In a Monday piece called “What Happened to Rudy Giuliani?” Ken Frydman, who defended the former mayor as recently as last year in an op-ed for the New York Daily News, said, “The man I worked for in 1993 is not the man who now lies for Donald Trump.”

According to Frydman, Giuliani went from “America’s Mayor” to “President Trump’s bumbling personal lawyer and henchman, his apologist and defender of the indefensible,” with his recent appearances on television news to defend Trump in the Ukraine scandal solidifying the new title.

According to Frydman, former campaign workers stay in touch and he’s not alone in his unease about their former boss.

“‘If Rudy doesn’t get a lawyer, he’s crazier than I thought,’ a 1993 campaign colleague and high-ranking Giuliani administration official said when the Ukraine scandal broke. A former senior adviser called him ‘crazy.’ Those closest to him beg him to stop talking,” he wrote.

“Watching and reading Rudy’s ferocious lying for Mr. Trump, whether on Fox or CNN, forced me to re-examine his last 25 years, especially the profiteering from Sept. 11,” he concluded. In his piece, Frydman said that Giuliani charged $100,000 for self-aggrandizing speeches about his heroic leadership after Sept. 11. and became a multimillionaire. “But Ukraine was the coup de grâce. We who admired him for so long expected much more from Rudy Giuliani and his legacy.”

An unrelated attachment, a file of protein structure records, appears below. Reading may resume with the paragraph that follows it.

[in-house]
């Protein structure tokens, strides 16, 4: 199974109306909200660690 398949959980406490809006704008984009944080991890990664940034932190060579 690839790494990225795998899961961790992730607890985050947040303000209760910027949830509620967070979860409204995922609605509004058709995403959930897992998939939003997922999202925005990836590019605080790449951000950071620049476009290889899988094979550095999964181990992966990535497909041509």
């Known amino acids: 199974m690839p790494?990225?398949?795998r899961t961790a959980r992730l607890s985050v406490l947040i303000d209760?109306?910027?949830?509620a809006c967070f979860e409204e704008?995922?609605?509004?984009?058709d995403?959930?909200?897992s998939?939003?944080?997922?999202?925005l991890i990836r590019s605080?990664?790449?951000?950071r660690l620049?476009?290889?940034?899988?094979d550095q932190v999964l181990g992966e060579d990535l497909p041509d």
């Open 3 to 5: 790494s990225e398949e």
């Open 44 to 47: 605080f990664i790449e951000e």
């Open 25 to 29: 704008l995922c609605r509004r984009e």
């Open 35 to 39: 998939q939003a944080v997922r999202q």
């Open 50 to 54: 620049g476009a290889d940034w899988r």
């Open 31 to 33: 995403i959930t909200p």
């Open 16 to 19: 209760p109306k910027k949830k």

Giuliani’s camp did not immediately return a request for comment.

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You can count Hillary Clinton among those who don’t think Rudy Giuliani has provided much evidence that he should be involved in U.S. foreign policy.

Clinton’s comments came as part of appearance Monday alongside Chelsea Clinton on “The Late Show With Stephen Colbert,” while discussing the news earlier in the day that Secretary of State Mike Pompeo was listening in on the Ukraine call that has been at the center of a whistleblower complaint against President Donald Trump. Colbert asked her about Giuliani, the former New York City mayor now serving as Trump’s personal lawyer, in light of news that Trump told the president of Ukraine to speak to Giuliani.

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“As secretary of state, how would you feel if the president was sending Rudy Giuliani out to actually handle foreign policy?” Colbert asked.